Guides to Local Plants
Botanists say that Kern County has it all. The county is one of the most diverse areas in the world, with nearly 2,000 individual species of plants. Because of its unique position stretching from the coastal range to the Sierra Nevada and from the San Joaquin Valley to the Tehachapi and Transverse Ranges on to the Mojave Desert, Kern County has an extremely diverse mix of geology, topography, soils, and climate. This results not only in an abundance of different species, but also in plants unique to Kern County.
While there are no field guides to Kern County as such, Maynard Moe has compiled a flora for the county based on his decades of exploring every nook and cranny in the county. Moe’s book, Kern County Flora: A Key to Vascular Plant Species of Kern County, contains detailed keys to the identification of the vascular plants of Kern County. It’s intended to be used as a tool for both professional and amateur botanists in identifying the plants of Kern County.
The only field guide specific to Kern County is Pam DeVries’ Plants of the San Emigdio Region of California. The book covers the mountainous area in southwestern Kern County bordering Ventura County and includes numerous color photos and brief descriptions of the flowering plants likely to be found there.
Chapter members have created plant lists for numerous locales in Kern county and surrounding areas. These include popular trails in both Sequoia and Los Padres National Forests, state parks, and national monuments. It’s helpful to print and bring a plant list with you when visiting one of these areas, because they can help you locate plants and confirm identifications.
See our Local Plant Lists page to download plant species lists for the areas identified.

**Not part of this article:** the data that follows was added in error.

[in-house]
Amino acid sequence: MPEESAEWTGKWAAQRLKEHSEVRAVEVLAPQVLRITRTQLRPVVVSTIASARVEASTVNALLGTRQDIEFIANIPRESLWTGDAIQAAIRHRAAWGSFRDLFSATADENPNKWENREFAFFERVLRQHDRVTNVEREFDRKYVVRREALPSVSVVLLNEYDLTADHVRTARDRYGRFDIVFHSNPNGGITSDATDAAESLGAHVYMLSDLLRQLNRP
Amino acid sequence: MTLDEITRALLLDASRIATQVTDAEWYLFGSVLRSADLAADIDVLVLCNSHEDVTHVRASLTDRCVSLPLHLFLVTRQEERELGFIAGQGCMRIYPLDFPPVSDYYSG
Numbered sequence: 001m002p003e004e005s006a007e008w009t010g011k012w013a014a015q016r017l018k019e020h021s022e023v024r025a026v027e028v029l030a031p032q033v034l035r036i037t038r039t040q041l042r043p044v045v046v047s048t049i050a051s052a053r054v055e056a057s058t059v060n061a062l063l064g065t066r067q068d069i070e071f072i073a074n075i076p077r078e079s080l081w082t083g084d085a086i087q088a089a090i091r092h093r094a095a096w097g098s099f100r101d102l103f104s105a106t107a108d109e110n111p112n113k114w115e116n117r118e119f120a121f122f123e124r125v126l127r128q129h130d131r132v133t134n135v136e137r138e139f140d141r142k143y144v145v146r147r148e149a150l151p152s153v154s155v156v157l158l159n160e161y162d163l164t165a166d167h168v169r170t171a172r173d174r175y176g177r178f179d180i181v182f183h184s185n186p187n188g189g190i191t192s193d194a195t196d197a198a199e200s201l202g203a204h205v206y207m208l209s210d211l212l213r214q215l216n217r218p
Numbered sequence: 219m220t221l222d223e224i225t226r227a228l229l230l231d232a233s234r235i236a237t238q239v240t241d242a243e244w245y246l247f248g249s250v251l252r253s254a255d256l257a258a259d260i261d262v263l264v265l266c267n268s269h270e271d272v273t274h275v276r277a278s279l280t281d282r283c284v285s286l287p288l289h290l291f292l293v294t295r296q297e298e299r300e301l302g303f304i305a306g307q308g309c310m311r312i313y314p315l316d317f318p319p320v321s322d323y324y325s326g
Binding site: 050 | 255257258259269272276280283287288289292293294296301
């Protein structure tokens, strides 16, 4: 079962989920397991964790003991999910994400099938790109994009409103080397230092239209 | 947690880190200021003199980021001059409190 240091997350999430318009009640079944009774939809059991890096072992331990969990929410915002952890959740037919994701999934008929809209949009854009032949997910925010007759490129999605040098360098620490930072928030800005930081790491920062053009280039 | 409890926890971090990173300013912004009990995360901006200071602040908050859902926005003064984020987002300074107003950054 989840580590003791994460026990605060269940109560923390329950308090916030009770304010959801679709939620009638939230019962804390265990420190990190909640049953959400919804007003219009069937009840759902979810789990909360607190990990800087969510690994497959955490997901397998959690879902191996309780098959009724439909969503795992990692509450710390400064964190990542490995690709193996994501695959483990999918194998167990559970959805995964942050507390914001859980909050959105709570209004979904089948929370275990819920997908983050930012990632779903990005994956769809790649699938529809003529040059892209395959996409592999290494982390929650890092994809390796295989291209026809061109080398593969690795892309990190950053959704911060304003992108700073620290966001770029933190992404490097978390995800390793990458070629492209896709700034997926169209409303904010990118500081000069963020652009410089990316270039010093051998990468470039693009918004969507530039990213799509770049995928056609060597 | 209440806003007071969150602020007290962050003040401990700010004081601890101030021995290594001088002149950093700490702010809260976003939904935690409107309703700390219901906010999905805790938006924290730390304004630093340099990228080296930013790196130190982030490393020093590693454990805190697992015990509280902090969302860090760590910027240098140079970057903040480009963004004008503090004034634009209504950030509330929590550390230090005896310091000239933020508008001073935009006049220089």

Kern County Plant Books
Maynard Moe’s Kern County Flora is, as the name implies, a botanical key to all of the plants found in Kern County. It’s an indispensable resource for botanists and amateurs alike. Moe has incorporated Twisselmann’s observations, as well as those of others, as to where the plants described have been found in the past.
Pam De Vries’ field guide focuses on the Mount Pinos region but includes the Gorman Hills and the Frazier Mountain Recreation Area. This easy-to-use field guide contains photos and descriptions of over 190 herbs, shrubs, and trees commonly found in an area home to spectacular displays of springtime wildflowers. It is readily accessible to any wildflower lover, with or without botanical knowledge.
Originally published by Ernest C. Twisselmann in 1967 and republished by Maynard Moe in 1995, this is the classic description of the landscape, geology, and geography of Kern County. Illustrated by Even and Gladys McMillan, the book has become a classic and is fondly referred to as Twissel-Moe. The book is out of print but well worth having if one can be found.
In addition to resources from the Kern Chapter of CNPS, there are a number of online botanical databases and other websites that provide extensive information about California plants.